It was great to see the Washington Post write a long and thorough article on something that isn’t in the news much, and that no mainstream media has much of an interest for.
As usual with Guatemala, it’s depressing to see opposition to something that can actually help with the level of crime and impunity that exist within it. The CICIG has been facing opposition from various sectors since the very beginning, and I’m sure it will continue to face opposition for the remainder of its days. It just makes me sad.
It makes me sad because I read posts from my friend Isabel, who lives in Guatemala, and she talks about her frustrations with the crime and violence in Guatemala. People shut themselves in their house by 8pm. Their crime rate, as mentioned in the article, is three times that of Mexico. Three times. The crime rate of Mexico. Let that sink in for a bit.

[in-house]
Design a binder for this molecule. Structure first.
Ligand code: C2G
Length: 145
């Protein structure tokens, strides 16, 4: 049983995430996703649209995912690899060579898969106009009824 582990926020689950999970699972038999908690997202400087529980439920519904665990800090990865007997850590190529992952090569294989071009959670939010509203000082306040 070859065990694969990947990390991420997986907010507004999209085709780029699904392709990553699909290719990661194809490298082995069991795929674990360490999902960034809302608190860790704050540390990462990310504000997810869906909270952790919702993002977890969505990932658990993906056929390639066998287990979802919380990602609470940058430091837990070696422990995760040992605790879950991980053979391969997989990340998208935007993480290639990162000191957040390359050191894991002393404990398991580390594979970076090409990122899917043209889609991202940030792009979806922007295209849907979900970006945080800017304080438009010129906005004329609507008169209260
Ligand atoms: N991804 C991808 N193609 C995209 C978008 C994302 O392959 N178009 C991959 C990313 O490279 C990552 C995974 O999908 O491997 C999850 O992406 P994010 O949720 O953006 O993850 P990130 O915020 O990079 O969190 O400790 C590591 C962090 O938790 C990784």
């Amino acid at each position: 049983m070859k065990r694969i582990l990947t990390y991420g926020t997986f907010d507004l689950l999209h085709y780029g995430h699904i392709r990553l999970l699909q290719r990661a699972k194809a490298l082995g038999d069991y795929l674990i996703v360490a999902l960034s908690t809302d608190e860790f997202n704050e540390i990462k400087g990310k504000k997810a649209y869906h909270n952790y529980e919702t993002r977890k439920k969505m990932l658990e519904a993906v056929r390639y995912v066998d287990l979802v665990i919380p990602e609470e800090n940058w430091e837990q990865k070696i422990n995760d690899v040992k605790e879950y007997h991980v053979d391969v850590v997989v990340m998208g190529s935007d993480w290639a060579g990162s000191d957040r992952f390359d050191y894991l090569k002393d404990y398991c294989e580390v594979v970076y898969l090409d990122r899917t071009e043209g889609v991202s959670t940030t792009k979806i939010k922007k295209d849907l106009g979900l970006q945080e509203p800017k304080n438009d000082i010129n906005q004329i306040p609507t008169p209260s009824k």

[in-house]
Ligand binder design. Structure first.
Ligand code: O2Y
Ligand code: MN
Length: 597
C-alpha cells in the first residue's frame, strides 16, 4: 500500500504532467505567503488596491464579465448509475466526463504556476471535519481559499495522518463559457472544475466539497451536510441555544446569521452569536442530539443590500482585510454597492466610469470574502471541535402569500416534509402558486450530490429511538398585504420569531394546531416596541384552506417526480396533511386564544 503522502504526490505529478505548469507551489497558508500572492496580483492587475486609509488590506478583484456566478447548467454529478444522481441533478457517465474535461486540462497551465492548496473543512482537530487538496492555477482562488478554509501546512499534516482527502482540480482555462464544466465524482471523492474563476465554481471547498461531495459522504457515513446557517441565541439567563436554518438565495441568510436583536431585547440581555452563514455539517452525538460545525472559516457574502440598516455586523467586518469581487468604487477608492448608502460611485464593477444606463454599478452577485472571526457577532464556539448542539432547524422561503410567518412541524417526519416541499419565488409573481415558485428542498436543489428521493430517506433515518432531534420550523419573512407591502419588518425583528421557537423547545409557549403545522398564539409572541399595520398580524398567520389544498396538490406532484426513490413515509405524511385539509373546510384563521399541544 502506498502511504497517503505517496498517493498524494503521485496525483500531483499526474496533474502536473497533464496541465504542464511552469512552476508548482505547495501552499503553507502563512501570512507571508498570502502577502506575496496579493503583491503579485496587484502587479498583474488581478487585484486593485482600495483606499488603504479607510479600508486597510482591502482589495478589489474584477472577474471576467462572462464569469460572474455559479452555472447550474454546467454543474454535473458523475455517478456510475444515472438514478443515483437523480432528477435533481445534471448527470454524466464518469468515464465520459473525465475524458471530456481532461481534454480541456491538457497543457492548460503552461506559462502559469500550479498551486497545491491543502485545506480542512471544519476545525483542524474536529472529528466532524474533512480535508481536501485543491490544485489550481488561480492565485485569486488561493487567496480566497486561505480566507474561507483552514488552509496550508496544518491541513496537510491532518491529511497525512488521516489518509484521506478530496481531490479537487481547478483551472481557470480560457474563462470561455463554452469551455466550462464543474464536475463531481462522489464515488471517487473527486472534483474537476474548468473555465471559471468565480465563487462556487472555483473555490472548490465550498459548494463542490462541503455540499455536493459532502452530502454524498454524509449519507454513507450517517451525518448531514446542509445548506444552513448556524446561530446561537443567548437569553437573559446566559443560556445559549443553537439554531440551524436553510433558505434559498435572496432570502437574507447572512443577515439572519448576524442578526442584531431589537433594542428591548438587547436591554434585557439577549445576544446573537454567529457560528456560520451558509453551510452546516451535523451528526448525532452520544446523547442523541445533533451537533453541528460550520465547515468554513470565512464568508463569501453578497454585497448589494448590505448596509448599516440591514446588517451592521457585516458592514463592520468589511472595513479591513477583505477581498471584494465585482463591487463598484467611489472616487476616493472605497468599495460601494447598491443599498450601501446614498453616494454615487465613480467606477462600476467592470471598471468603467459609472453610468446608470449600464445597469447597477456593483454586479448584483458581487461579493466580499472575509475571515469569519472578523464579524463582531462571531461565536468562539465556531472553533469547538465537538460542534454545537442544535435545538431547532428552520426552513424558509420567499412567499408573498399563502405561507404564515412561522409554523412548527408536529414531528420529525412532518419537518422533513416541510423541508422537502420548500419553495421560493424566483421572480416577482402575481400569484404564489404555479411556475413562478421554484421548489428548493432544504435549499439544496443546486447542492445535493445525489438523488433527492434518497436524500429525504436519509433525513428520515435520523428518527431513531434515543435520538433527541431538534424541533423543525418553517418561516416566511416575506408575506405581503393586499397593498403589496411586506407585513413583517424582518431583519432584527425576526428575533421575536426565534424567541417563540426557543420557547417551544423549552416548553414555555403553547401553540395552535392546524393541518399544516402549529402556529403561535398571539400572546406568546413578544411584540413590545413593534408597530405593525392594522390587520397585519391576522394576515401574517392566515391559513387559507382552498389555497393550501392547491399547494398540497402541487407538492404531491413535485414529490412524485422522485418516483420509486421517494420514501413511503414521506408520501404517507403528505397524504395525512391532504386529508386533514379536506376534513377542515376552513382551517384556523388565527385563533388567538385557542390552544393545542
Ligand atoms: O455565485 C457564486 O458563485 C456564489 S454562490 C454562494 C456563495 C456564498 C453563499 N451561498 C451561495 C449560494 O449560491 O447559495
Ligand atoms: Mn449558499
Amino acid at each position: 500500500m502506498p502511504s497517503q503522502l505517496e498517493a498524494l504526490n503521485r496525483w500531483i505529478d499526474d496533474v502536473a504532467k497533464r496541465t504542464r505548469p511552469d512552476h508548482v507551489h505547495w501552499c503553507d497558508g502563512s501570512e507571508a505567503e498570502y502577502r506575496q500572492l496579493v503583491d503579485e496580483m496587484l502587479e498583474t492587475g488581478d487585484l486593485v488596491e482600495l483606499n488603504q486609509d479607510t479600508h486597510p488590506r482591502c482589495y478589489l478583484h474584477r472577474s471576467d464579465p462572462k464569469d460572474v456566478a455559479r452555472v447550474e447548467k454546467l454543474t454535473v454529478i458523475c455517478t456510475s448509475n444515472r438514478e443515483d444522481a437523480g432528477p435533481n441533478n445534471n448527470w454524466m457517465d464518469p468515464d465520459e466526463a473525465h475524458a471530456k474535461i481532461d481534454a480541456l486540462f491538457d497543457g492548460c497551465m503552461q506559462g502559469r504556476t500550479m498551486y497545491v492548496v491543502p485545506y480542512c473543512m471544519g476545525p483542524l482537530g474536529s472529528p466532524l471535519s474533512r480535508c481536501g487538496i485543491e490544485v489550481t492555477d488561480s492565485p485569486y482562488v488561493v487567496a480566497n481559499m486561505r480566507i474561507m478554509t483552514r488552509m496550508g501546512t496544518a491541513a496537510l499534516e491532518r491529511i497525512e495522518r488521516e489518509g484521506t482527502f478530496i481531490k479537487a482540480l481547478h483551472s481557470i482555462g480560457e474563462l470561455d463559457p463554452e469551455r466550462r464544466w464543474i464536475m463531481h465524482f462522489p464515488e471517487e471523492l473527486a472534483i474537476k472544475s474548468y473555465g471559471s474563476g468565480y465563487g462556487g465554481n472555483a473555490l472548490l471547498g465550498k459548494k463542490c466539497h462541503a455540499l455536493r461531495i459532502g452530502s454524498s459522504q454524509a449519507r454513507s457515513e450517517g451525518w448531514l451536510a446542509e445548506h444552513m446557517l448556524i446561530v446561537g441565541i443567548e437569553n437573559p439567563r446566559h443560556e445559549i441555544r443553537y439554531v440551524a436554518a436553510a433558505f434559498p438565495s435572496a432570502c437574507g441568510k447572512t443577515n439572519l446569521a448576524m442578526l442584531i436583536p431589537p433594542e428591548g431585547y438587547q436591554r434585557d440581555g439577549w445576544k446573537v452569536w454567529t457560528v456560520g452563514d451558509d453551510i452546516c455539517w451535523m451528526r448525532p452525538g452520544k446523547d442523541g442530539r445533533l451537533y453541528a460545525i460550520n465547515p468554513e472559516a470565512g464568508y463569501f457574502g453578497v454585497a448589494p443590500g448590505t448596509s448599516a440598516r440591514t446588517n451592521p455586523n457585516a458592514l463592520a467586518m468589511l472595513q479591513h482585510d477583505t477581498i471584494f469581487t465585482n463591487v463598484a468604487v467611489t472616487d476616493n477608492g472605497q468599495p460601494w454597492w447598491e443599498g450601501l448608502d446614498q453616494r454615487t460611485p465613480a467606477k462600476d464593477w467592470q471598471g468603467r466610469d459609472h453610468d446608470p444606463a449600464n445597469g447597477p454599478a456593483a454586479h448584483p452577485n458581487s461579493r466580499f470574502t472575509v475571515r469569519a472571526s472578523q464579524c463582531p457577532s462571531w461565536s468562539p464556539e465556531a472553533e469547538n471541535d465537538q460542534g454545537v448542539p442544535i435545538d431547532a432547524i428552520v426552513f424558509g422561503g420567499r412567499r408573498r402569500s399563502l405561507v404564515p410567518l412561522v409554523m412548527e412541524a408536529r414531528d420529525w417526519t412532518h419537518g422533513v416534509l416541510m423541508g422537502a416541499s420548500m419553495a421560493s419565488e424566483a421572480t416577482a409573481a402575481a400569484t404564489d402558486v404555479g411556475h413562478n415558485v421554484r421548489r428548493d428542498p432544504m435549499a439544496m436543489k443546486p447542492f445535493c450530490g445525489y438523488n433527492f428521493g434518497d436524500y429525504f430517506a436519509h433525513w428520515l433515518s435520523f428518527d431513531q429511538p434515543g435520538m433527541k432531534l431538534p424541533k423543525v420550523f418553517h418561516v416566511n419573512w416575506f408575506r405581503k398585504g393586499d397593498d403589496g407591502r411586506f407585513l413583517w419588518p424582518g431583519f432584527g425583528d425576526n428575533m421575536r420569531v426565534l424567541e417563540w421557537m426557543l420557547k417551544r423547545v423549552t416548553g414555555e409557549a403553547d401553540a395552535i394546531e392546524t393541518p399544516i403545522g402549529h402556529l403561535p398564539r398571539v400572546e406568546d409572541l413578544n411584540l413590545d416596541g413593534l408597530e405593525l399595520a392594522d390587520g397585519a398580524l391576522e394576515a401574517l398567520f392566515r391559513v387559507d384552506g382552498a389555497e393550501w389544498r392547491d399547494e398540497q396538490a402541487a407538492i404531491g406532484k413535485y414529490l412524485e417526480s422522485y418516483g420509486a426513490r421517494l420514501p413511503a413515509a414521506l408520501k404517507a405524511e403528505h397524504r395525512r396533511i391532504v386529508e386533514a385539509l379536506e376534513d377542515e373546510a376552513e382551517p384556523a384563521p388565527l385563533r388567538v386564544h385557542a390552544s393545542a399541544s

So here’s an organization that is fighting corruption and crime, and trying to prosecute those before thought to be untouchable because of their political influence and/or wealth. But it has to fight to survive.
I hope the two year extension of the CICIG is granted, and I hope it continues to provide meaningful improvements to the government of Guatemala. I hope the people of Guatemala demand it, should anyone stand in the way.